Falling Uphill book cover and Scott standing on the edge of Table Mountain, Cape Town, South Africa
El Che Guevara and the hammer and sickle tastefully painted on the back of a road sign in Argentina
"Power to the people” is a common theme all over the world. El Che, the world famous counterculture symbol, advertised on the back of a road sign in Argentina. Also pictured is the hammer and sickle, symbolic of the working person and socialism. I like how they made good use of the back of the road sign without ruining the front.

Where are you from?

“Power to the people” is a common theme all over the world. El Che, the world-famous counterculture symbol, advertised on the back of a road sign in Argentina.

Question for the reader?

If you were born in a foreign country how would you be different?

I was born in Milwaukee, Wisconsin, USA, Planet Earth, Sol System, Milky Way Galaxy, the Known Universe, and have called various places home, including: Washington DC, San Francisco, England, Mexico, Guatemala and Australia. Additionally, I’ve stayed the night in over 1000 cities in 57 countries. I’ve been called, and like to think of myself, as a citizen of the world.

Often another litmus test for friendship is being from the same place and having similar views, such as political beliefs. So, this question is often a subtle way of asking: Are you an us or a them? or: Are you for or against the war? I like to think of myself as apolitical, meaning the Switzerland of people. I try to remain neutral, keeping my mind and options open. I vote for the issue, not the person or the label; and I vote with my dollar, opinion and companionship. But since America was at war during my travels, I often had to defend my country; and, people would often try to anger me to help prove their point, but I was always proud to remind myself that many citizens of different nations called me: “The Bicycling Ambassador.” So, I felt like I was on a diplomatic mission to teach people that not all Americans were the same, that our country like every country, has its pros and cons, and most importantly: that the people in America—and in every country whether they realize it or not—are the government.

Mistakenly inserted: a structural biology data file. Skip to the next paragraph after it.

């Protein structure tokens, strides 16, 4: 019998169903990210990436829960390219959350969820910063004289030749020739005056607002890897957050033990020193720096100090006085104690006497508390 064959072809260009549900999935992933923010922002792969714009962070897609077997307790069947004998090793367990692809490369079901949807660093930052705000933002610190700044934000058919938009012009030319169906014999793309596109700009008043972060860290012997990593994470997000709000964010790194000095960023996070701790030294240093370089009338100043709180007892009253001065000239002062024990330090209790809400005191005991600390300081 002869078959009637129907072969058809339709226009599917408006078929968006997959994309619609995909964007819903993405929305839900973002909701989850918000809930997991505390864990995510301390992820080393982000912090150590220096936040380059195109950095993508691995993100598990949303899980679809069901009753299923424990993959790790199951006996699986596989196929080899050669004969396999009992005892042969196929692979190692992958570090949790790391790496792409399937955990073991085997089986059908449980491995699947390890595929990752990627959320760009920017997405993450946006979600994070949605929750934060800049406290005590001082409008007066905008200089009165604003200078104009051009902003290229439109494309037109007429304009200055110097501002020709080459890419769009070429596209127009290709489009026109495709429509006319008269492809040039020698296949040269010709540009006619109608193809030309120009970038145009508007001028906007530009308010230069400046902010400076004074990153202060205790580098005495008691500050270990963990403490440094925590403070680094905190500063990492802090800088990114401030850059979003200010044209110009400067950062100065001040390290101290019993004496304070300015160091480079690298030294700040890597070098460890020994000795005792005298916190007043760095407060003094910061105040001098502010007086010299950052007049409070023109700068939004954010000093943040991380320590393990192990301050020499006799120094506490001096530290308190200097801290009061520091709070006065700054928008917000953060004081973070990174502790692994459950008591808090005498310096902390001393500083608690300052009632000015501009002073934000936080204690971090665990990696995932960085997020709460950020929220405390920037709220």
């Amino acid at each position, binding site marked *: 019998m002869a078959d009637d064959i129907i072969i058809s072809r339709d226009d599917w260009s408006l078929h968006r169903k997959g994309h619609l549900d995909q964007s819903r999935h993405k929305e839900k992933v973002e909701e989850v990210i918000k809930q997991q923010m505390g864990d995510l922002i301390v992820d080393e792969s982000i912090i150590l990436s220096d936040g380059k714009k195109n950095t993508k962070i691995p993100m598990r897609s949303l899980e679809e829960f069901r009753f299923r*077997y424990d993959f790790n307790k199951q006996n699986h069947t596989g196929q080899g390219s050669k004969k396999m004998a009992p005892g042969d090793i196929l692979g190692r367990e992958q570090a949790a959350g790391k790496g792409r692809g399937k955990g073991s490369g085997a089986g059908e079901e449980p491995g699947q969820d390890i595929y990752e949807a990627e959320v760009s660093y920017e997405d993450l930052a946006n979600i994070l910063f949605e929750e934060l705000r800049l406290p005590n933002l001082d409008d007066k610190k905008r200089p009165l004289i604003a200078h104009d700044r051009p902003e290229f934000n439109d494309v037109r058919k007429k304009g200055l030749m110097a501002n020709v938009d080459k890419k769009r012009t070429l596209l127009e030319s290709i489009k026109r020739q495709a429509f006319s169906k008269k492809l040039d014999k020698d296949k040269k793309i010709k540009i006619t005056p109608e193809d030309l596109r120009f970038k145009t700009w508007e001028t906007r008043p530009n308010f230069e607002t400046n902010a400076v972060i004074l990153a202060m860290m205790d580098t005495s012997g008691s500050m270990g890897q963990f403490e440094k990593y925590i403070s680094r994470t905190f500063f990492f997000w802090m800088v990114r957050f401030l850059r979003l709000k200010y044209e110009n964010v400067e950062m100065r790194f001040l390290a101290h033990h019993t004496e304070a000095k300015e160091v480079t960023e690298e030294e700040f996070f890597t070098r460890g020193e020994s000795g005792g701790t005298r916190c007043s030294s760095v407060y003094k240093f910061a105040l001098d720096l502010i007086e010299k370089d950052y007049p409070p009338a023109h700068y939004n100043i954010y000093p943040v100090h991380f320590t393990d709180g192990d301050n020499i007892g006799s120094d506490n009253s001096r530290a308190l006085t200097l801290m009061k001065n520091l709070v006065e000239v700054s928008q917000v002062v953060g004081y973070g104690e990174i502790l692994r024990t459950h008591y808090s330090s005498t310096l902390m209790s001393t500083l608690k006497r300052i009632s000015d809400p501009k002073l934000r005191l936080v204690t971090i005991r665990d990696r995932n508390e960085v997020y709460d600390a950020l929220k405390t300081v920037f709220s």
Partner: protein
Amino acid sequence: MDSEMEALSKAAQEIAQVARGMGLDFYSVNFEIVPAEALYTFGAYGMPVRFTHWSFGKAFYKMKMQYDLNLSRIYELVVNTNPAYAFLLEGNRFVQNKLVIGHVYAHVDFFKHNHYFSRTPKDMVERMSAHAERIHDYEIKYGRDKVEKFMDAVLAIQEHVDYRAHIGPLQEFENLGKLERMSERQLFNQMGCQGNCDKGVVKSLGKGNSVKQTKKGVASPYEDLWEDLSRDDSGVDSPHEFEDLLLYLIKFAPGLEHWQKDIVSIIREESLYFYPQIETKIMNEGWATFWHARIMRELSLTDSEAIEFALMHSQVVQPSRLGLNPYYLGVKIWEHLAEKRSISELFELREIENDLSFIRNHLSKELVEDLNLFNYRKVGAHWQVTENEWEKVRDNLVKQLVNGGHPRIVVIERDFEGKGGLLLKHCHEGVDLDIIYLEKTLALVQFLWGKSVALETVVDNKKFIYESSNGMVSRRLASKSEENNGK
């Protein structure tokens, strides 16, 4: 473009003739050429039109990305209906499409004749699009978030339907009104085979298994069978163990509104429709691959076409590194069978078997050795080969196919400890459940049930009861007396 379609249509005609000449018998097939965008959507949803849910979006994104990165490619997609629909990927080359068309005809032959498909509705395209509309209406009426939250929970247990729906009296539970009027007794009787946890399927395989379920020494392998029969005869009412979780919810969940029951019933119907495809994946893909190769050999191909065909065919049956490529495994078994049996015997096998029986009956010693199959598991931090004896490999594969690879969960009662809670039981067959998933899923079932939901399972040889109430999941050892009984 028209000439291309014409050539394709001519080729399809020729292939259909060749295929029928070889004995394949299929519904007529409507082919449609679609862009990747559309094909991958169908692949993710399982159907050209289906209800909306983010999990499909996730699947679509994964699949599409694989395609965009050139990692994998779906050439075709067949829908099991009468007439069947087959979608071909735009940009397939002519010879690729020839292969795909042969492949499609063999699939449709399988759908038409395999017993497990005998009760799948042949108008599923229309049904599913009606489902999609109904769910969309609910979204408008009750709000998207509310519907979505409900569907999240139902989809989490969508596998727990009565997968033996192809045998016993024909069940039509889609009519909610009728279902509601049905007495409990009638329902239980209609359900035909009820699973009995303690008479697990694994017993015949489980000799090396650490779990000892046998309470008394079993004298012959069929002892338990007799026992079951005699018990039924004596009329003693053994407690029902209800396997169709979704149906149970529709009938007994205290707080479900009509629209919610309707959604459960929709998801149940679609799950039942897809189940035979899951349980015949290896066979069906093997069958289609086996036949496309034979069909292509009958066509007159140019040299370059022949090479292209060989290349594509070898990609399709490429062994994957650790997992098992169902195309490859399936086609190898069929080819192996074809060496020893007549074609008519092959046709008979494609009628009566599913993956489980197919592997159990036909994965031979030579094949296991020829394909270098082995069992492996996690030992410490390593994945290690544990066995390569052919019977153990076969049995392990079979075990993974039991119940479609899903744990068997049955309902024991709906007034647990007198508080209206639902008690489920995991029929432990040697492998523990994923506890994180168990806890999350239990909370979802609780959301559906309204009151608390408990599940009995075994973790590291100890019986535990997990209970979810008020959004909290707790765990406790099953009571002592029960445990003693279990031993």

Read more chapters and frequently asked questions.

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More stories about the making of Falling Uphill

Falling Uphill readers guide

Falling Uphill Reader Guide

The reader’s guide contains a list of thought-provoking questions, quizzes, and more to help readers and book clubs re-live Scott’s quest for happiness around the world on a bicycle and, perhaps, re-imagine the possibilities of your own life.

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